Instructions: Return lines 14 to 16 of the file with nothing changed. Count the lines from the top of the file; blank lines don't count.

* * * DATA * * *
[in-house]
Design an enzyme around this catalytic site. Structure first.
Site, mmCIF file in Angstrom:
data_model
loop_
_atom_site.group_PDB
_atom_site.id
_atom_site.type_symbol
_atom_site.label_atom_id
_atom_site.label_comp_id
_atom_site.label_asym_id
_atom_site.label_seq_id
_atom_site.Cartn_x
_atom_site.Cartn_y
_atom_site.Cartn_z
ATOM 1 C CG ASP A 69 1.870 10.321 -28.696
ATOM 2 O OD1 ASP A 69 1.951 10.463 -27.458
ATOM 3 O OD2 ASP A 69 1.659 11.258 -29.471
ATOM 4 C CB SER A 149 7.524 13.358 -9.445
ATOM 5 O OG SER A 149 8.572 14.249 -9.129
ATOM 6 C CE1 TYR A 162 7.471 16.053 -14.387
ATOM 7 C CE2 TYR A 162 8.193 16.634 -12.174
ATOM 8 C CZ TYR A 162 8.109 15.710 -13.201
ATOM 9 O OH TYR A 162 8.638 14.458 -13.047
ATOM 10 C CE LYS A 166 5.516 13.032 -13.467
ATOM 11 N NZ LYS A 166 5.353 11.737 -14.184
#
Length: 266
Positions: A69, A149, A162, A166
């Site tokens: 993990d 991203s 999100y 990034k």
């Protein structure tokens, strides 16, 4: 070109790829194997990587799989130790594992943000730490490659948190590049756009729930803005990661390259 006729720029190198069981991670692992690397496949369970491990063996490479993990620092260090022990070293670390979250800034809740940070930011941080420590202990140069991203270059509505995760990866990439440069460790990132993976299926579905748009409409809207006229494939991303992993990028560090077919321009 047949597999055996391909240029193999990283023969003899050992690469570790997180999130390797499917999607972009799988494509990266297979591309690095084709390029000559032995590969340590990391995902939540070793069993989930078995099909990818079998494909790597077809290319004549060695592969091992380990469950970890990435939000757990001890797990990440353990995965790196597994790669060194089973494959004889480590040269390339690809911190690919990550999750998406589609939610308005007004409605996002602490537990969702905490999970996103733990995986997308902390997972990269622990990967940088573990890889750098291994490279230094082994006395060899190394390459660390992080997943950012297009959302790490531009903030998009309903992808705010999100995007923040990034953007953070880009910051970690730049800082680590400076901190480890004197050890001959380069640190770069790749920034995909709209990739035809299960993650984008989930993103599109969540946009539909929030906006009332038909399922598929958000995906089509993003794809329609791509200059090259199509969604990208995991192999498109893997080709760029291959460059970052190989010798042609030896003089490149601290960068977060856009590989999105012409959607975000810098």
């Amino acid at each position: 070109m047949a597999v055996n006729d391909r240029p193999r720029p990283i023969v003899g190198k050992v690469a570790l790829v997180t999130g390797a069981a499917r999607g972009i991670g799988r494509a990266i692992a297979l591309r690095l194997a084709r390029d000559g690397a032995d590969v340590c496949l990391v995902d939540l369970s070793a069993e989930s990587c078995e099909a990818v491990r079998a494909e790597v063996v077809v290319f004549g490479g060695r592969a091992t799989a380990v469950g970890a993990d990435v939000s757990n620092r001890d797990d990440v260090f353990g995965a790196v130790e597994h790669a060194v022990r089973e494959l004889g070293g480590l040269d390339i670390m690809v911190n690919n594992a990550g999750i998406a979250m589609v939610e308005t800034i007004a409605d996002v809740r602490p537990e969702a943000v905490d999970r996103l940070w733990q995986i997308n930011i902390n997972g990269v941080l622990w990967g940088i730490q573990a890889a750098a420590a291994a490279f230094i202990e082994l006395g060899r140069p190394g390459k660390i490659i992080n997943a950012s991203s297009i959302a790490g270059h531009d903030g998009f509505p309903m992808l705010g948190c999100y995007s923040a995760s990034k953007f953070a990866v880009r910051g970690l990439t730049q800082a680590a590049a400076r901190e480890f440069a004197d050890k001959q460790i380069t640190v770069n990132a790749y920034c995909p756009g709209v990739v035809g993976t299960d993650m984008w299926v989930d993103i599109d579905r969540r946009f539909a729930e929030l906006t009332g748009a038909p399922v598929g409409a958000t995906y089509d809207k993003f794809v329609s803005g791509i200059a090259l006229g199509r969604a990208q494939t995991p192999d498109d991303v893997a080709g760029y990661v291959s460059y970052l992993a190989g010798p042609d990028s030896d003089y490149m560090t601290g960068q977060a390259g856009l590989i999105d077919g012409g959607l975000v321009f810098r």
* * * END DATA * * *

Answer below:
_atom_site.Cartn_y
_atom_site.Cartn_z
ATOM 1 C CG ASP A 69 1.870 10.321 -28.696